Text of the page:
Today's post is part of the #yogateachertour and while it is meant for Yoga teachers, the 3 keys can be adapted for any client-based professional.
I get asked about how to build a sustainable lifestyle teaching yoga a LOT. For over 10 years, the core of my teaching business has been small group or one-on-one private classes. For many teachers, finding private classes remains a mystery, and yet it is one of the only ways to make teaching yoga a sustainable career choice. It is my strongly held belief that if you are teaching more than 15 classes a week you are walking a fine line that looks like spreading yourself too thin and future burn out.
That is why I want to help you build up this side of your business. We will get started with The 3 Keys to Finding and Keeping Your Ideal Students.
The first key to finding and keeping your ideal students is to know who they are. We will be diving deep into this in the next Yoga Teacher Survival Course because it is shocking how many teachers have a hard time with getting clear on who they want to help and how. Do you know who your Ideal Clients are? Ask yourself:
- What do I enjoy teaching most? (Flow, Yin, Restorative, Yoga for Athletes, Yoga Therapy)
- What types of people are attracted to this form of yoga?
Next, come up with one or two personas that best describe the people you want to work with in a private setting. When my partner and I created Aquin Yoga, we spent a lot of time working on the persona of our readers and Ideal Clients. To help get you started, fill in the following details for yourself:
- What is your Ideal Client’s profession?
- What do they do for fun?
- What do they value in life?
- What are they passionate about?
- Why are they interested in Yoga?
- What do they want to learn?
- What qualities are they looking for in an instructor?
Spend time gaining clarity on who you most want to work with and it will inform everything about how you approach those people and what you do together.
Now that you are clear on who your Ideal Clients are, the second key is to connect with them. While there are many ways to do this effectively, I want to share with you one of my favourite ways. Blogging is a phenomenal vehicle of connection with your students. At first I hated the idea of blogging and had to be lovingly strong-armed into it by my co-founder Steve Haase. Marketing master that he is, he pointed out that I had already built loyalty from my ideal students because of the content of my classes, but the only way those people had found me was by stumbling into my class one day. Without an online voice, I was missing the chance to connect with Ideal Students all over the world.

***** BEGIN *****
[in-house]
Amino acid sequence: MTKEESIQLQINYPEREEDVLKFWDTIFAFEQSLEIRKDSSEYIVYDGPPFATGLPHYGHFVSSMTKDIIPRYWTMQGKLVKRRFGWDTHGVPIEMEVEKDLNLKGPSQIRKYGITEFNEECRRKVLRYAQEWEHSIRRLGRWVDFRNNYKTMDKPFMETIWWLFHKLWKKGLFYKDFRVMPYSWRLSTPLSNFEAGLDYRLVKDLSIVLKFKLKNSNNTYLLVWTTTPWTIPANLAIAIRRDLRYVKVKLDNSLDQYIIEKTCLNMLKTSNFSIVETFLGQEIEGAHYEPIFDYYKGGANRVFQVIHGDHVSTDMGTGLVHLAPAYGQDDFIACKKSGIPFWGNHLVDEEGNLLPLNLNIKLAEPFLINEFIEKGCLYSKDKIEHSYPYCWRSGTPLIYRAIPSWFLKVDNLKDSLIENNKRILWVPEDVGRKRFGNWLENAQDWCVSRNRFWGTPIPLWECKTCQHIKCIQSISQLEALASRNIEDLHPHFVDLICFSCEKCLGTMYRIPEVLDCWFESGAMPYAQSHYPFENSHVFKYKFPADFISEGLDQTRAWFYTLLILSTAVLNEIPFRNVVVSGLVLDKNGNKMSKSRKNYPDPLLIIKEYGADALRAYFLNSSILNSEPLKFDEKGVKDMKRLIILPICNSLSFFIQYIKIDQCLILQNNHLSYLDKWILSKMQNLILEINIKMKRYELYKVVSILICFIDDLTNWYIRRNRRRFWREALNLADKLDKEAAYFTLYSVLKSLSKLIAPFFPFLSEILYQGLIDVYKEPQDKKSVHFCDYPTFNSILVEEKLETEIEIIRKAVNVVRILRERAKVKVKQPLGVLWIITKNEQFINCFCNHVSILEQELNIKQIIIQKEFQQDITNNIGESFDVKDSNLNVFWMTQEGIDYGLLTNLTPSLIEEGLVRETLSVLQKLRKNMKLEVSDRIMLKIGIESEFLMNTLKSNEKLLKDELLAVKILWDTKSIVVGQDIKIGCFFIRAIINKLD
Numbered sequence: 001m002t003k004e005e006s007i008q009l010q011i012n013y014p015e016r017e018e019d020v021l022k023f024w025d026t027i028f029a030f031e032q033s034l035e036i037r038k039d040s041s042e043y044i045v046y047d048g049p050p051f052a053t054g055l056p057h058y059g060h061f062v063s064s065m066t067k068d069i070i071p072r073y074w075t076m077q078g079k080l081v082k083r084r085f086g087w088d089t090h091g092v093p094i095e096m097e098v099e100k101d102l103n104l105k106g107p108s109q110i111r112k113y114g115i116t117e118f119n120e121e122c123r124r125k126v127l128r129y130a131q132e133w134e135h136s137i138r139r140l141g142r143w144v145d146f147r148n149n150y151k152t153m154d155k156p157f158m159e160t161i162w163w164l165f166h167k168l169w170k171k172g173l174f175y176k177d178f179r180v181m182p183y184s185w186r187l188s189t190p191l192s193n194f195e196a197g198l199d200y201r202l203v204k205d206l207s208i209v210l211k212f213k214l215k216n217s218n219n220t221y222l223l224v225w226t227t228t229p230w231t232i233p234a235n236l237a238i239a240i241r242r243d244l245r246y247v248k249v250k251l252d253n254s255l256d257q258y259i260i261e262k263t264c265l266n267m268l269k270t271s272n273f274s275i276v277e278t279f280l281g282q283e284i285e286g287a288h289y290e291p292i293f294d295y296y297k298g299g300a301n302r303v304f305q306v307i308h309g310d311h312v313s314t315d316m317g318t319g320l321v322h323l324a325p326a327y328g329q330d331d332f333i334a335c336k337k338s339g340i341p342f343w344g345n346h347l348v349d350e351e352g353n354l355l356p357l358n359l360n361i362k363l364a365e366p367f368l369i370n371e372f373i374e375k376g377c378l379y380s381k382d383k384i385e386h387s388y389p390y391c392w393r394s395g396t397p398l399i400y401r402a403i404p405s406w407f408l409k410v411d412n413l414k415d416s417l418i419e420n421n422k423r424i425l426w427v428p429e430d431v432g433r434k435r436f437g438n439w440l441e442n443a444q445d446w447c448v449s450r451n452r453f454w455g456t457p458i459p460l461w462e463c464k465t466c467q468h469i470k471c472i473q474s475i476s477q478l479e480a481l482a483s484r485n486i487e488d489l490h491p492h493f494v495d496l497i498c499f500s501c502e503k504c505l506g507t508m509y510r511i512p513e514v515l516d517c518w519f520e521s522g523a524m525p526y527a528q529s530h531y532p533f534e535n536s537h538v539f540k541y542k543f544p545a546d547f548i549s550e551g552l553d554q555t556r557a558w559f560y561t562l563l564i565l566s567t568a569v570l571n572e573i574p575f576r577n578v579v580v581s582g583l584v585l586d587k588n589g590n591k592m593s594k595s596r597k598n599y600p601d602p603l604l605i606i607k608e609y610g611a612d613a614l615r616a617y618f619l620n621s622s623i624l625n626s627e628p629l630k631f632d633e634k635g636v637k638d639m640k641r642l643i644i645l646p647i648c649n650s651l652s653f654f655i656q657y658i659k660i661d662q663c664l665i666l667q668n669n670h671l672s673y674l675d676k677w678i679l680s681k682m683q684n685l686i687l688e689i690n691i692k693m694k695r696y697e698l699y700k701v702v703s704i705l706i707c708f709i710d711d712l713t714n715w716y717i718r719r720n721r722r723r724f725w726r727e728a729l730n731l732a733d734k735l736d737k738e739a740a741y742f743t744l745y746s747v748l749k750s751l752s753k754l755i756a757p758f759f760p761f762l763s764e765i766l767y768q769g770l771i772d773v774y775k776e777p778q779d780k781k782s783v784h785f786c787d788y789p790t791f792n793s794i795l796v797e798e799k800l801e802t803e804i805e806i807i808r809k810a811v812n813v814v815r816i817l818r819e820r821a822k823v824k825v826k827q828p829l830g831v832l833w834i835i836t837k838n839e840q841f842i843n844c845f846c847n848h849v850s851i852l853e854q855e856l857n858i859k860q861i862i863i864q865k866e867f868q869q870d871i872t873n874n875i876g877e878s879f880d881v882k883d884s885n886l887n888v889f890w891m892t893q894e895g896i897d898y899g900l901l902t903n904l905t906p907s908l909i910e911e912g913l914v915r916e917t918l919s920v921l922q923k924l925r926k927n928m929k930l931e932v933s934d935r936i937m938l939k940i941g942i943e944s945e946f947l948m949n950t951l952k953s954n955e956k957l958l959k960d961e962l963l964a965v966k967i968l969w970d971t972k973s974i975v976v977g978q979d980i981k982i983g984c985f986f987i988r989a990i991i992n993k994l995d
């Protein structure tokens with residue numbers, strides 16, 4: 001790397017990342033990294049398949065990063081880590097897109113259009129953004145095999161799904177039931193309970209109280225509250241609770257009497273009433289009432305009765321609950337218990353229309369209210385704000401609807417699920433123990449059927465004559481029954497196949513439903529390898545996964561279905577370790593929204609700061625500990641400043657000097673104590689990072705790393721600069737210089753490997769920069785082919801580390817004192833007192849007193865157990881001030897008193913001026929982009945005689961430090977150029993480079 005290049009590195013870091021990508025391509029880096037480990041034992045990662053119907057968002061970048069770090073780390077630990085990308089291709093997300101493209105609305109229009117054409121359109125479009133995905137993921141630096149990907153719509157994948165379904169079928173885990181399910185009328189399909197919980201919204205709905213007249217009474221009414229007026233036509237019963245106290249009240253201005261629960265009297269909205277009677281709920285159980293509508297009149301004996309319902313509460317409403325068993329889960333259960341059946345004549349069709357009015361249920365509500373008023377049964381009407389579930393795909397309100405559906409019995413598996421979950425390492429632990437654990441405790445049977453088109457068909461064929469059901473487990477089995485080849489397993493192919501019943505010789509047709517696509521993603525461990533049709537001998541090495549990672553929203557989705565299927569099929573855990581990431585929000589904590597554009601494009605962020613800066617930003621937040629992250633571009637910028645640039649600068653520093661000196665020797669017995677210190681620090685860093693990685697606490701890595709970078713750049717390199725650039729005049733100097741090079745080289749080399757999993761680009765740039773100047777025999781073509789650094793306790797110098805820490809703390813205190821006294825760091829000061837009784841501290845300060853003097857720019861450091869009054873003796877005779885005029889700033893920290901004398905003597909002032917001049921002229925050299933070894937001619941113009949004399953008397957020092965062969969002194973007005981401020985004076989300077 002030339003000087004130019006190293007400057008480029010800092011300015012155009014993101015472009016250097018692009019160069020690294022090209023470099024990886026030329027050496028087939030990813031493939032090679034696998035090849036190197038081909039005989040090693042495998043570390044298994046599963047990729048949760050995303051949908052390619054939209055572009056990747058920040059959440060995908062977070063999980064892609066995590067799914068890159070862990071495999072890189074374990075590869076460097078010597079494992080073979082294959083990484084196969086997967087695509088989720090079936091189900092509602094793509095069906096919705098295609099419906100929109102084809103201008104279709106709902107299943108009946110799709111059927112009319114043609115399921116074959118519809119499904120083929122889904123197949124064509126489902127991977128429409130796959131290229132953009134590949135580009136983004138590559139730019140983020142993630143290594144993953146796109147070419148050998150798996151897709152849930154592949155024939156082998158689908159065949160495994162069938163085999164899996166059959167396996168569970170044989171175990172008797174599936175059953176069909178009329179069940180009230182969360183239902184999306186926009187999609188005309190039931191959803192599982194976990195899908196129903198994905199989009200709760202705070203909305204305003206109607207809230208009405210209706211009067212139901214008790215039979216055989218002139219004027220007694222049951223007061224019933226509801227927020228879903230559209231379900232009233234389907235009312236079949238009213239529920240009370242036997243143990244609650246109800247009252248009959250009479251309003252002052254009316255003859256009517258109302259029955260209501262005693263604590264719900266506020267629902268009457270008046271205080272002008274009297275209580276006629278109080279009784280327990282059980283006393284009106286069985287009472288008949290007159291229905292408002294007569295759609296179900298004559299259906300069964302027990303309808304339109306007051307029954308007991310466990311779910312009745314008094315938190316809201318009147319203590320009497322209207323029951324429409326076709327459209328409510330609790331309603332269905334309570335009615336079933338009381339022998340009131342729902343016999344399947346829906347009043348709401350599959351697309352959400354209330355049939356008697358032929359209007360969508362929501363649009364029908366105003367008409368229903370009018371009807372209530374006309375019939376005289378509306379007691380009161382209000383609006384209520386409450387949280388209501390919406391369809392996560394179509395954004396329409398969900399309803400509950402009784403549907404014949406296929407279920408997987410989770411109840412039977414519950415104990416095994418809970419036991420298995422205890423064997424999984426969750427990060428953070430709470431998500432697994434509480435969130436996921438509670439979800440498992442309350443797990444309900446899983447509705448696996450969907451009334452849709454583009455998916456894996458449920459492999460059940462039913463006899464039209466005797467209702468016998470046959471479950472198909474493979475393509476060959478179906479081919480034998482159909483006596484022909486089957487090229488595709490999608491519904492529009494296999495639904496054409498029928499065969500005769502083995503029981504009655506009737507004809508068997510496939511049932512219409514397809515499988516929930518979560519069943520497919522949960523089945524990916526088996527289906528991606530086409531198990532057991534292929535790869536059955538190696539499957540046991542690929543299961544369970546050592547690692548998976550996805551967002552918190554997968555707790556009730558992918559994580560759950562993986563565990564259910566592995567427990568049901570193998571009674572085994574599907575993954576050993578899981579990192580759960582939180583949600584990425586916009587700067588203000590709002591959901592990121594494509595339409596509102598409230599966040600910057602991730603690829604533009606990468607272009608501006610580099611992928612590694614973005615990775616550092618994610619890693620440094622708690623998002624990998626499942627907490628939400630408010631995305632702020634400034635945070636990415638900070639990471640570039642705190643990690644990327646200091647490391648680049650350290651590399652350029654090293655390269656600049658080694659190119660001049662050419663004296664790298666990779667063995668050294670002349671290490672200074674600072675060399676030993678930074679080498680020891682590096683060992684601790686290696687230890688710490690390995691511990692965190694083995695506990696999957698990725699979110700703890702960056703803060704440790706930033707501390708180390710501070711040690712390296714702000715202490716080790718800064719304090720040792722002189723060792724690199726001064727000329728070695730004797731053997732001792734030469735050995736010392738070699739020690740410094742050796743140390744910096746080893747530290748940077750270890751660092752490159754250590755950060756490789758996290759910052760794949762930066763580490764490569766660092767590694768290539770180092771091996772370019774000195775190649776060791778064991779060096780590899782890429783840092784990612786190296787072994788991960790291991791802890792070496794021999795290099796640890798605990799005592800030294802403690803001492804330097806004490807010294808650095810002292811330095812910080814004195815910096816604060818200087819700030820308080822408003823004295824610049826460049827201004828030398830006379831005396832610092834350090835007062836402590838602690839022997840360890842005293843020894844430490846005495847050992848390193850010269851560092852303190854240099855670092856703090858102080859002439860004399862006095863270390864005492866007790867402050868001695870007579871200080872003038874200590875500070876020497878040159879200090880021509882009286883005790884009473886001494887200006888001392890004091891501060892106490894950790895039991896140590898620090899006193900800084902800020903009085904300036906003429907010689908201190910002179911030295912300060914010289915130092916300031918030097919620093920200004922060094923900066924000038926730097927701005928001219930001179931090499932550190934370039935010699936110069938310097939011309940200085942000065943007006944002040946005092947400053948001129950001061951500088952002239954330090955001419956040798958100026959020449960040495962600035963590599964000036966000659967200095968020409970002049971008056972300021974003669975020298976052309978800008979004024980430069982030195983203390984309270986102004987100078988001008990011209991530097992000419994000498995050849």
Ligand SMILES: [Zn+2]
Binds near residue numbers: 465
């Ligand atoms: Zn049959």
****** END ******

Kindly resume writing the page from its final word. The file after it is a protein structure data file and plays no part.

Sharing your ideas, tips and love for yoga through writing and video allows your students to see who you are and what gets you fired up. If those people love what you do and appreciate what you are offering, they will stay connected and engaged. People who are connected and engaged are more likely to take the next step and become a lifelong student who will also share your work with their friends and family. You don’t need a fancy website with all the bells and whistles, something simple, like a blog that allows for the exchange of thoughts between you and your ideal students, is enough to get you started.
Once you are clear and connected to your ideal students, the final key comes into play. Being a consistent teacher doesn’t sound sexy, but I can assure you it is hands down the most important factor in keeping ongoing classes with your ideal students. Nothing annoys me more than when a teacher jumps erratically between styles of yoga in order "shake things up" when really they are just trying to keep things interesting for themselves at the expense of their students. As instructors, we should be refining our teaching skills and striving towards innovation, but there is no need to be all over the place for no reason.
My background in yoga is rooted in the Ashtanga Vinyasa world so I appreciate the power of structure and routine through repetition of the same postures. However, I am constantly trying to find creative yet logical transitions and progressions in and out of a handful of postures I consider fundamental. After a decade of teaching, I have learned that it takes skill and guts to walk in to a room with the only lesson plan being working with what shows up that day. To do that and have the class feel consistent might look like:
- Having a framework—even a loose and flexible one—for your time with your students
- Ending the class the same way each time no matter what the contents of the class (I end with a 10 minute savasana always).
- Picking an apex pose to work on each week until it is a familiar to the student and integrated into the practice.
- Returning to a core theme or idea throughout the class.
These 3 Keys are not a magic formula, but if you work with them they will help to improve your business. What are some ways you attract and work with your ideal students? Let your fellow yogis know in the comments below.
Make sure you check out yesterday's Yoga Teacher Tour blog--an in-depth and detailed post by Kellie Adkins about making money teaching private sessions. And check out Racheal Cook's blog here for tomorrow's #yogateachertour goodness!